Drafting Div 7A Loans – ATO’s 4 concerns

The ATO has just audited my new client’s Div 7A agreement. It did not go well. Many Div 7A Loan agreements are not ‘commercial’ and therefore not valid based on 4 common drafting errors:

  1. The Div 7A Loan must be signed as a ‘Deed’ not as an ‘agreement’. ‘Agreements’ require consideration – money changing hands. Often no money changes hands because of the close relationship of the parties. ‘Journal entries’ are fine, but don’t suffice as ‘consideration’. In contrast to an ‘agreement’, a ‘Deed’ does not require consideration.
    What is the difference between a “deed” and an “agreement”?

    1. Agreements can generally be made orally or in writing. A deed must be in writing.
    2. The deed must make it clear that it is intended to be a deed. This often means specific wording is inserted above the signatures confirming that the document is intended to be a deed;
    3. As mentioned above, under an agreement each party has to provide “consideration” to be valid. Deeds, on the other hand, do not require consideration to be valid. It is best to give a gift in a Deed as it could be unenforceable due to lack of consideration from one party;
    4. A deed requires additional formalities. Often a witness may be required if an individual is signing;
    5. Deeds last longer.
    6. Contracts also have own requirements. The classic elements of a contract are then:
      • Offer and Acceptance: An offer from one party and acceptance from the other
      • Intention: There must be the intention to be legally bound, social or domestic agreements don’t count.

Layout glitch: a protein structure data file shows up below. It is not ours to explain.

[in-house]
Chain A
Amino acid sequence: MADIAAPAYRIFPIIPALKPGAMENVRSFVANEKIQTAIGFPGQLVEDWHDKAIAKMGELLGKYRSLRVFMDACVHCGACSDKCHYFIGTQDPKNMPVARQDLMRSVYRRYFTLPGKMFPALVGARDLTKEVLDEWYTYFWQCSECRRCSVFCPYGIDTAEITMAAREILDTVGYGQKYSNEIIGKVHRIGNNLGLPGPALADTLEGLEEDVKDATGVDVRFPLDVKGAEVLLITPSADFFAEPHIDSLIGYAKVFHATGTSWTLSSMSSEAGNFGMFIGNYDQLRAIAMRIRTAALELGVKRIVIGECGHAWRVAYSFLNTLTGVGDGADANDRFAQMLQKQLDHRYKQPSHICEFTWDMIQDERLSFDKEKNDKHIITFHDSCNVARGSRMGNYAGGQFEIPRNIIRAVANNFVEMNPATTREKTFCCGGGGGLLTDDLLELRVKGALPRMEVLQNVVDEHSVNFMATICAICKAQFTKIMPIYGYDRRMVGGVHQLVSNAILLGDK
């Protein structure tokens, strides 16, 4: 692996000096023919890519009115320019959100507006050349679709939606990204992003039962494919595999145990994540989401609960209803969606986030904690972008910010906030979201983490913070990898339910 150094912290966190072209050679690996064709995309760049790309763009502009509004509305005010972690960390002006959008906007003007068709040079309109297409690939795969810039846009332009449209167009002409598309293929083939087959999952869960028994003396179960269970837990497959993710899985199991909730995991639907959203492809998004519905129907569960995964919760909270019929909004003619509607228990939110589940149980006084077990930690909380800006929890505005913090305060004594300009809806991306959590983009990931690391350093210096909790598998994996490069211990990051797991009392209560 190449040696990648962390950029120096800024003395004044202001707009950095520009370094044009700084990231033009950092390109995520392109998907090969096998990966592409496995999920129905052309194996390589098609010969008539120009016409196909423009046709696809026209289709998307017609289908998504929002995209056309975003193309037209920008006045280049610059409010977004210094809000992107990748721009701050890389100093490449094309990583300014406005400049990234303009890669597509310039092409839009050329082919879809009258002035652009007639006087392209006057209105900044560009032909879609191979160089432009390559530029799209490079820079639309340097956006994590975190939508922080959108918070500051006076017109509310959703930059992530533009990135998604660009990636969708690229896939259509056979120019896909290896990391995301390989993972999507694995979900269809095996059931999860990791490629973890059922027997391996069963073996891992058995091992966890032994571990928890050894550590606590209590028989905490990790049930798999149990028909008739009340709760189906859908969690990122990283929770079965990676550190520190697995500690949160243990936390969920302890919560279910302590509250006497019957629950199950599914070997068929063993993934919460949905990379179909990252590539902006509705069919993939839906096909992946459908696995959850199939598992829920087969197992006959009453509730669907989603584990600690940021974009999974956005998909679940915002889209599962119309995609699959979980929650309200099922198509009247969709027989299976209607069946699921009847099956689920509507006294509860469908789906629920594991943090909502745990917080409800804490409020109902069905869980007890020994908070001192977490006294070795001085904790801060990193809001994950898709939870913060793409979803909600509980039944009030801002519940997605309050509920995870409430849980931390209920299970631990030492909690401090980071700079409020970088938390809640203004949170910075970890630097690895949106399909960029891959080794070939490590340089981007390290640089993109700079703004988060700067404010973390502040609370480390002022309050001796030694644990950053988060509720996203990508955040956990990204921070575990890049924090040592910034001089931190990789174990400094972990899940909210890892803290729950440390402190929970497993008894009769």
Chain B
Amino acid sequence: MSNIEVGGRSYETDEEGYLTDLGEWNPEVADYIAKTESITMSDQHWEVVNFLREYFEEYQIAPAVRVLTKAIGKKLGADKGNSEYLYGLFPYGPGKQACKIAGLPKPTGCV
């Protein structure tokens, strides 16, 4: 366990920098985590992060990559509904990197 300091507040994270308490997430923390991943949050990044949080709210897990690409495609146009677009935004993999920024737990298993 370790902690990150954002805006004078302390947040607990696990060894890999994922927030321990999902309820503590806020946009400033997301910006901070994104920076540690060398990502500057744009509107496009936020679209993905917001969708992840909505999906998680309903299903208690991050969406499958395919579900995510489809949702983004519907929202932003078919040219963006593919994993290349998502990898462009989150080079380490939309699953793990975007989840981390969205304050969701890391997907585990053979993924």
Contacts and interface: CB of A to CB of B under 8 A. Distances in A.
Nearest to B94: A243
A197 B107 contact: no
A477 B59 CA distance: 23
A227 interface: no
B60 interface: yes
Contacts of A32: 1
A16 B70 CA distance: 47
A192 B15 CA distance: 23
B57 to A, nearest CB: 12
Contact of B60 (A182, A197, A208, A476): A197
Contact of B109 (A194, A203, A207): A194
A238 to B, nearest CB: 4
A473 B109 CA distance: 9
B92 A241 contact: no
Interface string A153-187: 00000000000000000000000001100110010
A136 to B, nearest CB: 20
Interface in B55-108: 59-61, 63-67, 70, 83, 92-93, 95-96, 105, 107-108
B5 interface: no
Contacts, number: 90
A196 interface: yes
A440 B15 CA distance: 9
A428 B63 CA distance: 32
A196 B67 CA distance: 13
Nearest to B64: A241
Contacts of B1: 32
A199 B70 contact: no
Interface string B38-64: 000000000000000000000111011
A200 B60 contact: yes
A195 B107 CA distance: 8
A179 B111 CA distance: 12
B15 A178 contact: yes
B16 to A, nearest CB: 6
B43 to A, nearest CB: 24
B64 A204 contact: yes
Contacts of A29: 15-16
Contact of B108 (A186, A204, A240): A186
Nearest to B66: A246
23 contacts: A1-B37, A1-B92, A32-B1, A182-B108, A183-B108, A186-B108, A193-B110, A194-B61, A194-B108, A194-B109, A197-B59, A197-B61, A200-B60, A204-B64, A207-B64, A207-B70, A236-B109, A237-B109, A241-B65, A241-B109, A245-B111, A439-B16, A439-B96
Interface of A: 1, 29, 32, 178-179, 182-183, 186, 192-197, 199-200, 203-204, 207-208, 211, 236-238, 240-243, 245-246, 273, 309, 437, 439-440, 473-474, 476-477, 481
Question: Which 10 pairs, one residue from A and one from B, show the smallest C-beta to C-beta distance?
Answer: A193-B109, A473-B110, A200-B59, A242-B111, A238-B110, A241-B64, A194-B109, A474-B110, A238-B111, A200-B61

• Consideration: as discussed above, it’s the payment given for the promise of the contract.
      • Capacity: The parties must be competent to contract – must be of sound mind, old enough, etc.
      • Free Consent: There can be no coercion, undue influence, fraud, misrepresentation, or mistake.
      • Lawful Object: The purpose of the contract can’t be illegal or if the court thinks it is immoral or against public policy.
      • Certainty: The agreement must be clear as to what the words mean.
      • Possibility of Performance: Must not be impossible to perform, physically or legally.
  2. There are Div 7A loans sold at websites (operated by non-lawyers) that refer to ‘ATO Practice Statement PS LA 2007/20’. That PS was withdrawn and is no longer applicable. This contaminates the validity of the document.
  3. Failure to contain an ‘Acceleration clause’. This is if the person owing the money defaults on the loan. On this one, I agree with the ATO. ‘Commercial’ loan agreements have acceleration clauses. See a full copy of our Sample Div 7A Deed here.
    • If you don’t have an Acceleration clause then it is not a ‘commercial’ loan and can fall foul of the ATO. An acceleration clauses is a particular term in a loan agreement, usually associated with mortgages. It means that if there is a failure to pay one of the regular instalments, all interest and all capital becomes immediately owing. It is “accelerated.”
  4. Make references to section 109E(5) Income Tax Assessment Act 1936. If and when that section is changed the integrity of the Div 7A loan is in jeopardy. The correct way of drafting a Div 7A loan is to reference the laws, from time to time.

As a community service, we have reduced our Division 7A Loan Deeds from $88 to $44 until midnight 30 June. This is an opportunity to ensure that your Div 7A loan – which is the basis of the whole system – complies with the law.

Because you are building your legal document at a law firm’s website you:

  1. Retain legal professional privilege
  2. Access the law firm’s PI insurance
  3. Get legal advice – just ring 24/7
  4. Get a letter of advice confirming what you have built – our law firm’s letter on your accountant’s due diligence file goes a long way in protecting both you and your accountant.

For more information please telephone us.

Adjunct Professor Brett Davies,  CTA, AIAMA, BJuris, LLB, Dip Ed, BArts(Hons), LLM, MBA, SJD
Legal Consolidated Barristers and Solicitors
39 Stirling Highway, Nedlands, WA (Post Office Box 5169, Dalkeith, WA 6009)
Mobile:       04777-96959
Direct:        08 6389-0400
Reception: 08 6389-0100
Email:         brett@legalconsolidated.com
Skype:        brettkennethdavies

 

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